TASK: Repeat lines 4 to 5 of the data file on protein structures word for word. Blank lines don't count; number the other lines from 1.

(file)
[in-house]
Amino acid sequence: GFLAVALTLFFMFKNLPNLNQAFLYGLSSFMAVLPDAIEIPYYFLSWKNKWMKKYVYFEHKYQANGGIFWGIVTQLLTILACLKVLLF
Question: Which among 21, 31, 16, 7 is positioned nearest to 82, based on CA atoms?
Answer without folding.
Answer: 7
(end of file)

Answer without folding.
Answer: 7